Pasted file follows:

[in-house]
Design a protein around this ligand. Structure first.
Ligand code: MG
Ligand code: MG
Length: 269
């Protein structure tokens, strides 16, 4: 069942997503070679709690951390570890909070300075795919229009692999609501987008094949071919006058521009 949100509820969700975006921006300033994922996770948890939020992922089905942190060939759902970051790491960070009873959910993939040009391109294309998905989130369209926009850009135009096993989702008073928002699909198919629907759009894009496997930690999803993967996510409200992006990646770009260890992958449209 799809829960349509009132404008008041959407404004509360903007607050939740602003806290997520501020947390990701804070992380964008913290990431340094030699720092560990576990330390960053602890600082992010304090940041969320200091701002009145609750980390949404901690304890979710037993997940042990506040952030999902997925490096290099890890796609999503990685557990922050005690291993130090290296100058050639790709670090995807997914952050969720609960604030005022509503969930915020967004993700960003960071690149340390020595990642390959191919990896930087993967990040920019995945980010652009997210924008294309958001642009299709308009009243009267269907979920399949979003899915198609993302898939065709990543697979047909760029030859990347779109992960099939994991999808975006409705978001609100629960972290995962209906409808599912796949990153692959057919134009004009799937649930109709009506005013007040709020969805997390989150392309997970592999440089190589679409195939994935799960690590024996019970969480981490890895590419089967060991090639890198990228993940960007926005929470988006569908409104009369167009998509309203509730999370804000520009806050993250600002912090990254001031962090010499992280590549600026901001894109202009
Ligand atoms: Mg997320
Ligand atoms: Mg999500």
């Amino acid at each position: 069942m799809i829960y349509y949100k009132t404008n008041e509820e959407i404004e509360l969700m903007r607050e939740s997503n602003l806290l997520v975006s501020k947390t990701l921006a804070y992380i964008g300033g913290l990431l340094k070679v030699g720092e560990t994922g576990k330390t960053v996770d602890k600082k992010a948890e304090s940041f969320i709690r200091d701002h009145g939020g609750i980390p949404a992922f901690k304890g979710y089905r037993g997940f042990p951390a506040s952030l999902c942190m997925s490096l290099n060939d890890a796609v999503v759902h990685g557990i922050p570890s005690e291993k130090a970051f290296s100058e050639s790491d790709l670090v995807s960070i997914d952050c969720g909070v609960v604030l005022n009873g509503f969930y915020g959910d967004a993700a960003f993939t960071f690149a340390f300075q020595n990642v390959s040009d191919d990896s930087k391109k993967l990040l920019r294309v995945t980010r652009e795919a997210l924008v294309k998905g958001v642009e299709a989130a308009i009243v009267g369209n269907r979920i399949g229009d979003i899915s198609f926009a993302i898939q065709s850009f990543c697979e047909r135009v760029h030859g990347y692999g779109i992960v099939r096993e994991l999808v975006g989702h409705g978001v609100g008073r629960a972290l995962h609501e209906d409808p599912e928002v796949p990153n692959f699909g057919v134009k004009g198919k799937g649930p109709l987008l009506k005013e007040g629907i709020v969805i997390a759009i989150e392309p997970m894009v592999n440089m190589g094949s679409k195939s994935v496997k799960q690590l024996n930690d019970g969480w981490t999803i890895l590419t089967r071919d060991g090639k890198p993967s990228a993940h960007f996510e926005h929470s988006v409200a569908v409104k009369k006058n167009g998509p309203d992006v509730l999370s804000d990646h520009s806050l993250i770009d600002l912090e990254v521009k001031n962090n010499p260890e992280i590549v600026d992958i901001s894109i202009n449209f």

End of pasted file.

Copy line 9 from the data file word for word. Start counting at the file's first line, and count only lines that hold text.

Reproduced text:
């Amino acid at each position: 069942m799809i829960y349509y949100k009132t404008n008041e509820e959407i404004e509360l969700m903007r607050e939740s997503n602003l806290l997520v975006s501020k947390t990701l921006a804070y992380i964008g300033g913290l990431l340094k070679v030699g720092e560990t994922g576990k330390t960053v996770d602890k600082k992010a948890e304090s940041f969320i709690r200091d701002h009145g939020g609750i980390p949404a992922f901690k304890g979710y089905r037993g997940f042990p951390a506040s952030l999902c942190m997925s490096l290099n060939d890890a796609v999503v759902h990685g557990i922050p570890s005690e291993k130090a970051f290296s100058e050639s790491d790709l670090v995807s960070i997914d952050c969720g909070v609960v604030l005022n009873g509503f969930y915020g959910d967004a993700a960003f993939t960071f690149a340390f300075q020595n990642v390959s040009d191919d990896s930087k391109k993967l990040l920019r294309v995945t980010r652009e795919a997210l924008v294309k998905g958001v642009e299709a989130a308009i009243v009267g369209n269907r979920i399949g229009d979003i899915s198609f926009a993302i898939q065709s850009f990543c697979e047909r135009v760029h030859g990347y692999g779109i992960v099939r096993e994991l999808v975006g989702h409705g978001v609100g008073r629960a972290l995962h609501e209906d409808p599912e928002v796949p990153n692959f699909g057919v134009k004009g198919k799937g649930p109709l987008l009506k005013e007040g629907i709020v969805i997390a759009i989150e392309p997970m894009v592999n440089m190589g094949s679409k195939s994935v496997k799960q690590l024996n930690d019970g969480w981490t999803i890895l590419t089967r071919d060991g090639k890198p993967s990228a993940h960007f996510e926005h929470s988006v409200a569908v409104k009369k006058n167009g998509p309203d992006v509730l999370s804000d990646h520009s806050l993250i770009d600002l912090e990254v521009k001031n962090n010499p260890e992280i590549v600026d992958i901001s894109i202009n449209f």